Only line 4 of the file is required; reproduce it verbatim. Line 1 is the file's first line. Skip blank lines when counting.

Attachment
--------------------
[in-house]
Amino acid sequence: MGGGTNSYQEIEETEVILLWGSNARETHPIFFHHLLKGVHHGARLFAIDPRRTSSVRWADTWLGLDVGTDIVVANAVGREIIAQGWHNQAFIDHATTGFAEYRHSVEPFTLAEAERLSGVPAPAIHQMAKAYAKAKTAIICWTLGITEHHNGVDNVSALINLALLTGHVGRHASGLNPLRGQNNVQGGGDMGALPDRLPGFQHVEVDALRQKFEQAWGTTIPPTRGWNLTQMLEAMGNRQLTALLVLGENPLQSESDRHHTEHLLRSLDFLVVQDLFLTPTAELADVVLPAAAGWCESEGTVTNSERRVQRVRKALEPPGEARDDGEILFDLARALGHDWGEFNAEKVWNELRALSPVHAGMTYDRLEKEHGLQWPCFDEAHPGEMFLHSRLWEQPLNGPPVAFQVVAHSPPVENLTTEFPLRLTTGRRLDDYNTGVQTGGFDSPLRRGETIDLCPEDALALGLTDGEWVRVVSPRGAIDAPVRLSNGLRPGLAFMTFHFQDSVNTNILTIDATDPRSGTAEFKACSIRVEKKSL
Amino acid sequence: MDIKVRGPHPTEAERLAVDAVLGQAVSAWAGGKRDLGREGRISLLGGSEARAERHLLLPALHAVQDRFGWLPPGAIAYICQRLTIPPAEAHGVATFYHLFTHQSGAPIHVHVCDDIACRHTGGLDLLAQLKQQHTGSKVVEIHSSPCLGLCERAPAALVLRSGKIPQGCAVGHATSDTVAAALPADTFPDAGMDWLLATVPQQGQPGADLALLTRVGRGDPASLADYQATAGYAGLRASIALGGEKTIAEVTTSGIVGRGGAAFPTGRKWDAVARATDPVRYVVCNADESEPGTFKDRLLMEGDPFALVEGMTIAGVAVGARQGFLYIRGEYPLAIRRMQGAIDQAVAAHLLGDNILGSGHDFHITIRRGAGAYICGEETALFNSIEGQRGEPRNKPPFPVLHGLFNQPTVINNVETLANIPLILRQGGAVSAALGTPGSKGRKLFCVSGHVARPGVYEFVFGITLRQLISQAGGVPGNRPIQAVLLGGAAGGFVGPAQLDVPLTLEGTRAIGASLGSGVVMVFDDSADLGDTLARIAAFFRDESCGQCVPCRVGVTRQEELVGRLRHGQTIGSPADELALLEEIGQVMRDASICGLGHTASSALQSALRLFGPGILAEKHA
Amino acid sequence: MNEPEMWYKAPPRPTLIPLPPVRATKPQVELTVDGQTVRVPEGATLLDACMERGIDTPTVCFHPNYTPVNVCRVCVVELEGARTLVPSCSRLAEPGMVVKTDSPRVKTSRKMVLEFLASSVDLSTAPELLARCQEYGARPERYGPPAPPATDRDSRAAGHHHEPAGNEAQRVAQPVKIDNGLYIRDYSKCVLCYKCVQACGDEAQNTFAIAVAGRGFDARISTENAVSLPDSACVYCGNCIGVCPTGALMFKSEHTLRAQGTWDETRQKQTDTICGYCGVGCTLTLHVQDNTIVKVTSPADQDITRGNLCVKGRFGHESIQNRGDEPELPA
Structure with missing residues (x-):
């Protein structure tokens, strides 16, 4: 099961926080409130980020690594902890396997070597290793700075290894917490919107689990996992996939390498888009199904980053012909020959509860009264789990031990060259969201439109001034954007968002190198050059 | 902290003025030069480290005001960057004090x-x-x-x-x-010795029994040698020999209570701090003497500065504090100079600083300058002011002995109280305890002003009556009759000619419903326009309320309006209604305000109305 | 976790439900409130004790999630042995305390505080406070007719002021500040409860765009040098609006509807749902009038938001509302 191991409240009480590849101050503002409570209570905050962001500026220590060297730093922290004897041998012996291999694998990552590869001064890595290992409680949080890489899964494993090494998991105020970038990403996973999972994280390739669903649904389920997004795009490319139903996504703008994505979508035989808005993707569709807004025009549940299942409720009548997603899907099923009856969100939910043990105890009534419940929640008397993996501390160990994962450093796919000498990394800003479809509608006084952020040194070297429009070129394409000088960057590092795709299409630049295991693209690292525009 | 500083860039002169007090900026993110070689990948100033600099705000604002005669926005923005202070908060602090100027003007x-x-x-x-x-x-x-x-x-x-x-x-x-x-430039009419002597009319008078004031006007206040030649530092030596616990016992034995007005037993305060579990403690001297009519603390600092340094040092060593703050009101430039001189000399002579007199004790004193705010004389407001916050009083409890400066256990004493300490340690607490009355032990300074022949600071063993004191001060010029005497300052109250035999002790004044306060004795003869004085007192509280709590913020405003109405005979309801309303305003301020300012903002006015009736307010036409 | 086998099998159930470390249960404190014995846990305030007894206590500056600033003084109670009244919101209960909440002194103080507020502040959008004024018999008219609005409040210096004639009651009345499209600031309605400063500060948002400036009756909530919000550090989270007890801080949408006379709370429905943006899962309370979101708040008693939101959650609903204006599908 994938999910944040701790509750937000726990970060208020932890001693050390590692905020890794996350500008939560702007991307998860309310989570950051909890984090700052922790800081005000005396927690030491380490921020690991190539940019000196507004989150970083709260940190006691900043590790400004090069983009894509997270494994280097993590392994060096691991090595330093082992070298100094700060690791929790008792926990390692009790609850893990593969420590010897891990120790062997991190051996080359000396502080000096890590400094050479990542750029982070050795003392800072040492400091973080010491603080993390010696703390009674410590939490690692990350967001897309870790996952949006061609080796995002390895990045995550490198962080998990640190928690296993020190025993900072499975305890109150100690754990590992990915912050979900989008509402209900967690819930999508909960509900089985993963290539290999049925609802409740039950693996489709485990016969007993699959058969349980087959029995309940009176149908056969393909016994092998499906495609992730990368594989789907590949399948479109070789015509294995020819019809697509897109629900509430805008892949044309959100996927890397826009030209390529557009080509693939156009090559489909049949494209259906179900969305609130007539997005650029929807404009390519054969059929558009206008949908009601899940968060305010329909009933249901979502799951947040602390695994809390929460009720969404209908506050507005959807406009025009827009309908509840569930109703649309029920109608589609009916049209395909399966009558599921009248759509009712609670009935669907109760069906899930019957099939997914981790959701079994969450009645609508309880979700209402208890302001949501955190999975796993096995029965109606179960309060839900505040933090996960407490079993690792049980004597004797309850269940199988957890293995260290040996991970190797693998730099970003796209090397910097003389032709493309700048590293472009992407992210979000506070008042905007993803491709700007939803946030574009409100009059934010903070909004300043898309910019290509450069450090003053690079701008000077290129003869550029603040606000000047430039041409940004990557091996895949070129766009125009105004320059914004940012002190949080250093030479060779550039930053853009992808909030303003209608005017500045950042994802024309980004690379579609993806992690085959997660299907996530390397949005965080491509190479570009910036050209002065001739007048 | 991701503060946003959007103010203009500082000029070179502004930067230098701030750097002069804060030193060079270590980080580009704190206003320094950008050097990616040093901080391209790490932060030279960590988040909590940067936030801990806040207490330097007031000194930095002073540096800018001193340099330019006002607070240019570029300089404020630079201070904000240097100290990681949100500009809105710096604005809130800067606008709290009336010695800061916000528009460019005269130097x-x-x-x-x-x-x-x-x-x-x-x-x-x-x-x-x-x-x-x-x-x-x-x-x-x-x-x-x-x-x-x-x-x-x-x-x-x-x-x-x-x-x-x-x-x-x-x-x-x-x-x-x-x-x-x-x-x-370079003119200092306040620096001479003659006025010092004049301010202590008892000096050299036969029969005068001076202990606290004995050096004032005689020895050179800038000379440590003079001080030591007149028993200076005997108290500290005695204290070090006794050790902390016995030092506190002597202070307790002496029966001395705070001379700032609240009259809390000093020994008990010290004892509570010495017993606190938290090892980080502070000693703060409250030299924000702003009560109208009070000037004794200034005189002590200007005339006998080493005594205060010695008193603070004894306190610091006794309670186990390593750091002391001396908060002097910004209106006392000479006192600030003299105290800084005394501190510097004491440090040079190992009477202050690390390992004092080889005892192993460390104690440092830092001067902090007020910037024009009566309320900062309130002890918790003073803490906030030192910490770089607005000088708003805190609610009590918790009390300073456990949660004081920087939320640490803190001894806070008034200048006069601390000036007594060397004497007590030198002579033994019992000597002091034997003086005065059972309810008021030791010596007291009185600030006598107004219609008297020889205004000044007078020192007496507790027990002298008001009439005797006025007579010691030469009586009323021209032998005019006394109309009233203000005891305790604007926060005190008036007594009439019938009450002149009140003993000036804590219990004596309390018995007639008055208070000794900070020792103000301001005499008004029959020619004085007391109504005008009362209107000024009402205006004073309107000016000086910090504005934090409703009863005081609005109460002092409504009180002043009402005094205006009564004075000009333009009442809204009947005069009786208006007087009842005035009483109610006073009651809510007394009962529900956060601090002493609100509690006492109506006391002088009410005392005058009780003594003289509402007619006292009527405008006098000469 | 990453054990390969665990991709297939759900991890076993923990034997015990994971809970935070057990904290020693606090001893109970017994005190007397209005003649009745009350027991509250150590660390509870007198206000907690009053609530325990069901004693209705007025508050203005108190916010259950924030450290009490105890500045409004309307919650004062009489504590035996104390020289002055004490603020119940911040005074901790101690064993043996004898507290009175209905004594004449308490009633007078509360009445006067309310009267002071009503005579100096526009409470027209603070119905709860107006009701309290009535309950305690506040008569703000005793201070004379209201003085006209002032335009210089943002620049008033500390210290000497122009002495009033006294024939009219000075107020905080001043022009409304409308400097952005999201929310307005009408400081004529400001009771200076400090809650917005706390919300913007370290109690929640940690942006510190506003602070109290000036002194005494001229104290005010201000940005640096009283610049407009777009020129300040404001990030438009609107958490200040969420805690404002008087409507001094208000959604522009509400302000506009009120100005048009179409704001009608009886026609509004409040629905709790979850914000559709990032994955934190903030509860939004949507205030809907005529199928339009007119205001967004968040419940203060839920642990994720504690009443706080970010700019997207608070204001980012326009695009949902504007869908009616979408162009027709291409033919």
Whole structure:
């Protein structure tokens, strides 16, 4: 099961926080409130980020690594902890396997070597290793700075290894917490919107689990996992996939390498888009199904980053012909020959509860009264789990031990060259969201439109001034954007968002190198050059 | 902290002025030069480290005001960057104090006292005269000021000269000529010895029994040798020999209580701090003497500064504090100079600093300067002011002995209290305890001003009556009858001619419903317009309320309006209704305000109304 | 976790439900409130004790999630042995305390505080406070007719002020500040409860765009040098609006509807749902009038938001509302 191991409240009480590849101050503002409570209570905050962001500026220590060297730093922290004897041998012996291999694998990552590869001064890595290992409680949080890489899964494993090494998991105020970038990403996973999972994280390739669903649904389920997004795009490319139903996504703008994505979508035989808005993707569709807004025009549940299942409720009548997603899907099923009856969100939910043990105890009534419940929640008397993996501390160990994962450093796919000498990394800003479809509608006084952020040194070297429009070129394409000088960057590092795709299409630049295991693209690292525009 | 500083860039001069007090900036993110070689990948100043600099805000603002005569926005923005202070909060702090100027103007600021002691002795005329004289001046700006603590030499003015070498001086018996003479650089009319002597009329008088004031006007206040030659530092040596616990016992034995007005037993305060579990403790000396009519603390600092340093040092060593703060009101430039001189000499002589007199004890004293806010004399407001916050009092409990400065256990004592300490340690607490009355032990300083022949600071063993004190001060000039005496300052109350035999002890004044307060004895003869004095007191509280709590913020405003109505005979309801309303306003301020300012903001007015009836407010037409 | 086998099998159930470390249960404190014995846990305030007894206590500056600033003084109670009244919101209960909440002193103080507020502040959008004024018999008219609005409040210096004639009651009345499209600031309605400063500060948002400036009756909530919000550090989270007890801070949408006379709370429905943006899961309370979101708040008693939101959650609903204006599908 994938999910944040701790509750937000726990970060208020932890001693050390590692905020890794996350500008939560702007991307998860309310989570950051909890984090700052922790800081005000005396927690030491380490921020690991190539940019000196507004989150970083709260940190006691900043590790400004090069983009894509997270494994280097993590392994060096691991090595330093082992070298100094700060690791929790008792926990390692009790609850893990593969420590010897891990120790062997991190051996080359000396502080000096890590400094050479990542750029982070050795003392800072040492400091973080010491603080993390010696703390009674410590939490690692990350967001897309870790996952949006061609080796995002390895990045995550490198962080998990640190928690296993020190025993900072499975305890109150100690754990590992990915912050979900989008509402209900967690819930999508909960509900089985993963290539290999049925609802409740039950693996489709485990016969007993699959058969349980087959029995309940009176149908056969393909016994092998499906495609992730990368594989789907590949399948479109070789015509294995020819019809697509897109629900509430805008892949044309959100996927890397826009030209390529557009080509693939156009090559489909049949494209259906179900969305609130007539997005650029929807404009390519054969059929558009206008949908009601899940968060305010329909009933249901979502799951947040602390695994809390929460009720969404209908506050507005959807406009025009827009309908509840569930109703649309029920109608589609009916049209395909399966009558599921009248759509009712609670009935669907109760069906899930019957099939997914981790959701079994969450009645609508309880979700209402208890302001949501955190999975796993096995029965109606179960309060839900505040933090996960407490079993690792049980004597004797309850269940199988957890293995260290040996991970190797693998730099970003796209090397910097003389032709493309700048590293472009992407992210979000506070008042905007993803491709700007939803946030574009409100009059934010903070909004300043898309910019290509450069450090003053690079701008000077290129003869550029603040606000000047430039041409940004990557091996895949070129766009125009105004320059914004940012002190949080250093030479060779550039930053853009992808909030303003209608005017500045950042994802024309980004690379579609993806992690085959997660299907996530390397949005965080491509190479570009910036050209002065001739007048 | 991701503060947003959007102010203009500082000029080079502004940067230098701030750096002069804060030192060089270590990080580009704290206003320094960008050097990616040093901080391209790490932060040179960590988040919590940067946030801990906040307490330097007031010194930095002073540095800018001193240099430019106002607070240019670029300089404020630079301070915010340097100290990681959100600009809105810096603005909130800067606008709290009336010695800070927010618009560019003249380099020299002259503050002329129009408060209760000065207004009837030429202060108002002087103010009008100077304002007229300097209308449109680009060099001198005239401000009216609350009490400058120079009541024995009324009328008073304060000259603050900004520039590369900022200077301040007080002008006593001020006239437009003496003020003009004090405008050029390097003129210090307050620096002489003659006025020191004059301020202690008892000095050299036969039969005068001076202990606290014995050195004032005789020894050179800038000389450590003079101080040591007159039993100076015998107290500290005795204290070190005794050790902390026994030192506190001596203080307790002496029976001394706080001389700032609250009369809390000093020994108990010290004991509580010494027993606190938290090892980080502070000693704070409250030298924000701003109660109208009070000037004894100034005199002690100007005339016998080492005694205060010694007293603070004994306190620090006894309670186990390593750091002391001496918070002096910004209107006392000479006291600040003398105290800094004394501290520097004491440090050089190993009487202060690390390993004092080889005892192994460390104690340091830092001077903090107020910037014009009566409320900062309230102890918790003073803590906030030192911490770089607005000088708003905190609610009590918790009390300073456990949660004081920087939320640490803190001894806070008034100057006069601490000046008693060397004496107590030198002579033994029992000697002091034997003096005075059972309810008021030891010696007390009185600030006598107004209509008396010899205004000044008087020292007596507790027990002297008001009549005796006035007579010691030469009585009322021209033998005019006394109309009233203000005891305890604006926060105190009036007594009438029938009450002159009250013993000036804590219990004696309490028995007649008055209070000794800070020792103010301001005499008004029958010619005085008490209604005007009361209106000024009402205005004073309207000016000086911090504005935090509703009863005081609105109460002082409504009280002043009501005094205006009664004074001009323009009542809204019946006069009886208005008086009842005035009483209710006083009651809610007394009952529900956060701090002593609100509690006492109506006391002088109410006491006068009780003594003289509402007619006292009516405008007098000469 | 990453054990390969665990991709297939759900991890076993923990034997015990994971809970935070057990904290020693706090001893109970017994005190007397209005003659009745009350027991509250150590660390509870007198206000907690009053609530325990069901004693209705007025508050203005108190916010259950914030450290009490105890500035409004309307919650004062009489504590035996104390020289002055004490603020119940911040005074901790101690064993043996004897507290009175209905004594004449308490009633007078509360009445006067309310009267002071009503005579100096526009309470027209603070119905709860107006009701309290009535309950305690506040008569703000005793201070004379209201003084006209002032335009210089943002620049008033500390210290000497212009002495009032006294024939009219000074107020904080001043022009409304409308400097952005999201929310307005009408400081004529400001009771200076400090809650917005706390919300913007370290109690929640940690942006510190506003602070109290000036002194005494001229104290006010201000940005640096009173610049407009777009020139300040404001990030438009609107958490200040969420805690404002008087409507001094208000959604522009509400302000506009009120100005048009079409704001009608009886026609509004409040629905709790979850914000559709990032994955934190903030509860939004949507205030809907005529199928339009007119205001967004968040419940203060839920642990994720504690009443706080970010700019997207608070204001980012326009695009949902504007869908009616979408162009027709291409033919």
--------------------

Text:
Amino acid sequence: MNEPEMWYKAPPRPTLIPLPPVRATKPQVELTVDGQTVRVPEGATLLDACMERGIDTPTVCFHPNYTPVNVCRVCVVELEGARTLVPSCSRLAEPGMVVKTDSPRVKTSRKMVLEFLASSVDLSTAPELLARCQEYGARPERYGPPAPPATDRDSRAAGHHHEPAGNEAQRVAQPVKIDNGLYIRDYSKCVLCYKCVQACGDEAQNTFAIAVAGRGFDARISTENAVSLPDSACVYCGNCIGVCPTGALMFKSEHTLRAQGTWDETRQKQTDTICGYCGVGCTLTLHVQDNTIVKVTSPADQDITRGNLCVKGRFGHESIQNRGDEPELPA